Unless the Legislature acts this session to pass L.D. 1746, which has strong bipartisan support, universal access to life-saving phone service may be at risk in Maine.

Maine has long been a leader in ensuring that its most vulnerable citizens – including low-income seniors, veterans and single parents – have access to essential telephone services. This principle is called “universal service,” and includes making sure that every Mainer has access to a phone.

A key part of universal service is a Reagan-era federal program known as “Lifeline” – which is very aptly named. Under this program, income-eligible households have access to low-cost or no-cost phone service that permits individuals to get and maintain jobs, arrange child care or make necessary health appointments. About 28,000 Mainers currently rely on Lifeline phone service.

The federal Lifeline program is supported entirely by a federal subsidy of $9.25 a month, per customer. Maine taxpayers do not shoulder any costs of the program.

Unfortunately, at a time when Lifeline service is under attack in Washington, Maine Revenue Services has compounded the problem by starting to assess sales-type taxes on the federal money used to support Lifeline phone service. If Maine’s policy remains in place, it is very possible that the telephone providers who offer Lifeline phone service may be unable to continue such service.

Significantly, Maine appears to be the only state in the country trying to assess sales-type taxes on the federal Lifeline subsidy. While Massachusetts started assessing such a tax, that state recently backed away after the policy was challenged.

Maine’s unprecedented policy effectively imposes sales taxes on those Mainers least able to pay. This unfortunate policy is no different from taxing food stamps or low-income fuel assistance, which Maine does not do – for good and obvious reasons.

Given how important communications have become to everyday life, if Lifeline phone service is diminished or eliminated in Maine, the consequences would be serious. Without access to a phone, how will low-income Mainers be able to get critical services such as health care, legal services or child care? Finding and keeping a job will become extremely difficult without access to a phone. Isolated seniors will struggle to remain connected to family.

Fortunately, just as Sen. Susan Collins is working on behalf of Mainers to confront the attack on Lifeline in Washington, the Maine Legislature can also work to save Lifeline locally. L.D. 1746 was introduced this legislative session on a bipartisan basis, and it directs Maine Revenue Services to stop assessing sales-type taxes on the federal Lifeline subsidy. The bill is sponsored by state Sen. David Woodsome, R-York, and the principal co-sponsor is Democratic state Rep. Seth Berry of Bowdoinham. The bill is supported by a broad coalition of organizations and business, including AARP Maine, Legal Services for the Elderly, Maine Equal Justice Partners, the Maine Community Action Network, the Maine Public Advocate and several phone service providers.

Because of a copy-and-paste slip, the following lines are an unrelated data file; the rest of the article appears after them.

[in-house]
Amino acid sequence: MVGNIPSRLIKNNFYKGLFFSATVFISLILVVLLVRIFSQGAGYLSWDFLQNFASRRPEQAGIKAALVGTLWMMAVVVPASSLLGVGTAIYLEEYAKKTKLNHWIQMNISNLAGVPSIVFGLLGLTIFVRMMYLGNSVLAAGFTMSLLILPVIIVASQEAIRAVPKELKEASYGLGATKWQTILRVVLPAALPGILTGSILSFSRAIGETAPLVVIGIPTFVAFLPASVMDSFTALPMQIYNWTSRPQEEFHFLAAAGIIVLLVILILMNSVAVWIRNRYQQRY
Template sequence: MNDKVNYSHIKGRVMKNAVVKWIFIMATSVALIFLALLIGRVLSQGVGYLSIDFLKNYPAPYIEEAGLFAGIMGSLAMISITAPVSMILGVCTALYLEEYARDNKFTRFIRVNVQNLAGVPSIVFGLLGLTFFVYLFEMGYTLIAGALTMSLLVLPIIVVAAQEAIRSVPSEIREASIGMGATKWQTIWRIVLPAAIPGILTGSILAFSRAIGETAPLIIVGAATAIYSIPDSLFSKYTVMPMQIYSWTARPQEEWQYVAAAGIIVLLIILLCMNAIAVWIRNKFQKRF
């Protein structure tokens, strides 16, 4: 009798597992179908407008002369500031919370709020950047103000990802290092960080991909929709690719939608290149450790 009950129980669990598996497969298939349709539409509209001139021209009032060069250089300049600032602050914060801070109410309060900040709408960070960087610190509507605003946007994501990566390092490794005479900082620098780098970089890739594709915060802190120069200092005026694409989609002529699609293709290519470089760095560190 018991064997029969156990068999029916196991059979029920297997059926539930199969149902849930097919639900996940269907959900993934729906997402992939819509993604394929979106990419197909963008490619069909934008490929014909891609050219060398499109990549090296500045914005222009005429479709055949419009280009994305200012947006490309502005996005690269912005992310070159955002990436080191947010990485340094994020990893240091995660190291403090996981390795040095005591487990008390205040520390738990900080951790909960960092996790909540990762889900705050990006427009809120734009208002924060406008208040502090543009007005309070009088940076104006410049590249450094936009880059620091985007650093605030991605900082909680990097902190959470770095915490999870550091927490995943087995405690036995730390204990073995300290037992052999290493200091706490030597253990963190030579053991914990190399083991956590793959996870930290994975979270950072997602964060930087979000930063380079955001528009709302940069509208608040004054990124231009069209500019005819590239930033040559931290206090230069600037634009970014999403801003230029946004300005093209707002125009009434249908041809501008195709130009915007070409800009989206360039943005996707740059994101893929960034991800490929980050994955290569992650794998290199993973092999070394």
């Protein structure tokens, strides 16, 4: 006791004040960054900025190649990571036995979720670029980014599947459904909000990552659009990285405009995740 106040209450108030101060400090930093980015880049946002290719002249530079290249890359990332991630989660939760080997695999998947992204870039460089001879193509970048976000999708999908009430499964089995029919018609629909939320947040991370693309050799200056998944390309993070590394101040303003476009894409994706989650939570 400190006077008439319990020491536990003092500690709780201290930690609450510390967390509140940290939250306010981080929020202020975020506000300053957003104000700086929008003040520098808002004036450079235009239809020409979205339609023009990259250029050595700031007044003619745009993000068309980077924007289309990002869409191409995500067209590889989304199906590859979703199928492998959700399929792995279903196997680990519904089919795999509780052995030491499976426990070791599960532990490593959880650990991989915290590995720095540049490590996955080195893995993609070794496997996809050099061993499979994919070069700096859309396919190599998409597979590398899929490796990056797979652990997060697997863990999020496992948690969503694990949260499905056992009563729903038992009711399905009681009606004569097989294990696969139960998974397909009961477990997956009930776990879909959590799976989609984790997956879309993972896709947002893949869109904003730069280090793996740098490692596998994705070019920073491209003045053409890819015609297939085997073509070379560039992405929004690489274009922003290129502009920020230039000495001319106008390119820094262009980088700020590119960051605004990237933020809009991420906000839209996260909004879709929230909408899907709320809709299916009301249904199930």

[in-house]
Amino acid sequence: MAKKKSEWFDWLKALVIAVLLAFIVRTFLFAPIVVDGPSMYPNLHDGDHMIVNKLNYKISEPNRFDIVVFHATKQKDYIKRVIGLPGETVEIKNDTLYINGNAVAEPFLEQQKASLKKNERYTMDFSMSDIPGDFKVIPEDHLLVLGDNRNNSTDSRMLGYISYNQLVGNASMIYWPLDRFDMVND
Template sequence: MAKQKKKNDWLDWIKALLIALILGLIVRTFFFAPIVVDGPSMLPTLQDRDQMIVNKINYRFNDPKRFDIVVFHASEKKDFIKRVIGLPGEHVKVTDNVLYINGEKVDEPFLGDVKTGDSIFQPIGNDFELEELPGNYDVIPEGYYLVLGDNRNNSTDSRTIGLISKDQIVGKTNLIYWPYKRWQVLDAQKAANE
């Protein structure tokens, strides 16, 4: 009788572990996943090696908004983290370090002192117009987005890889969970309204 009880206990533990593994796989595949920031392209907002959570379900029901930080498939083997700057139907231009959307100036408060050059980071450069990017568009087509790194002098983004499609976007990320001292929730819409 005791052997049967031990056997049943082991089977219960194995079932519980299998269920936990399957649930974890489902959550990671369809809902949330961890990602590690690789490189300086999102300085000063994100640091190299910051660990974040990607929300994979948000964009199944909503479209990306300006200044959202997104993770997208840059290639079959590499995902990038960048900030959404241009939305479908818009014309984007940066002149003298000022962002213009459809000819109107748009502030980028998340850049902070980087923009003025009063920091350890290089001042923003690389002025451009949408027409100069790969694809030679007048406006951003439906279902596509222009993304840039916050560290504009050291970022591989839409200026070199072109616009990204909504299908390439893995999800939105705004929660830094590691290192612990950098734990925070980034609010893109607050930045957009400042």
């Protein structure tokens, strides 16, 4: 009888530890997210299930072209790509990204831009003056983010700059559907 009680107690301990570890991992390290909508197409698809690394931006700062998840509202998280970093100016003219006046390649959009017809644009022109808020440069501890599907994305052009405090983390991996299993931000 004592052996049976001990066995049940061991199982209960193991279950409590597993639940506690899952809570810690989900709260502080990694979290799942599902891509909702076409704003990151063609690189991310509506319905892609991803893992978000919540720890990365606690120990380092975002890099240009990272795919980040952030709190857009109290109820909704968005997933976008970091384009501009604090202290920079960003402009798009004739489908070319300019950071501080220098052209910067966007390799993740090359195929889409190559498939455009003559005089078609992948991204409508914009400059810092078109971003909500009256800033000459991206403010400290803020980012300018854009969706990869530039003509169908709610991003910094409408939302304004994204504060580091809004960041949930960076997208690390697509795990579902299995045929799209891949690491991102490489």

Earlier this winter, the Legislature’s Joint Standing Committee on Energy, Utilities and Technology unanimously supported L.D. 1746, and the committee recently made the bill one of its top priorities to be funded. The bill has made its way through the House and Senate, and it now sits in front of the Appropriations Committee, waiting to be funded – if the Legislature goes back into session.

The current cost of the bill is about $300,000, but there are strong arguments as to why the cost should be much lower, or removed altogether. For example, the fiscal note assumes there are nearly twice as many Lifeline customers as actually exist in Maine. Moreover, the fiscal note assumes that the state budget forecast includes revenues from this ill-advised tax, even though no documents have been produced supporting this assumption.

This is one of the most important bills before the Legislature. We also understand the importance of bills to address indigent health care and the opioid crisis. However, this shouldn’t be an either/or debate. In order for health and drug treatment services to effectively reach the very people they are designed to help, these individuals will also need access to the phone service that L.D. 1746 is designed to preserve.

In short, if we want to ensure that Maine’s most vulnerable citizens have access to health care, child care and employment, and can stay connected in times of need, the Legislature must pass L.D. 1746. For the money, it’s the best deal going.


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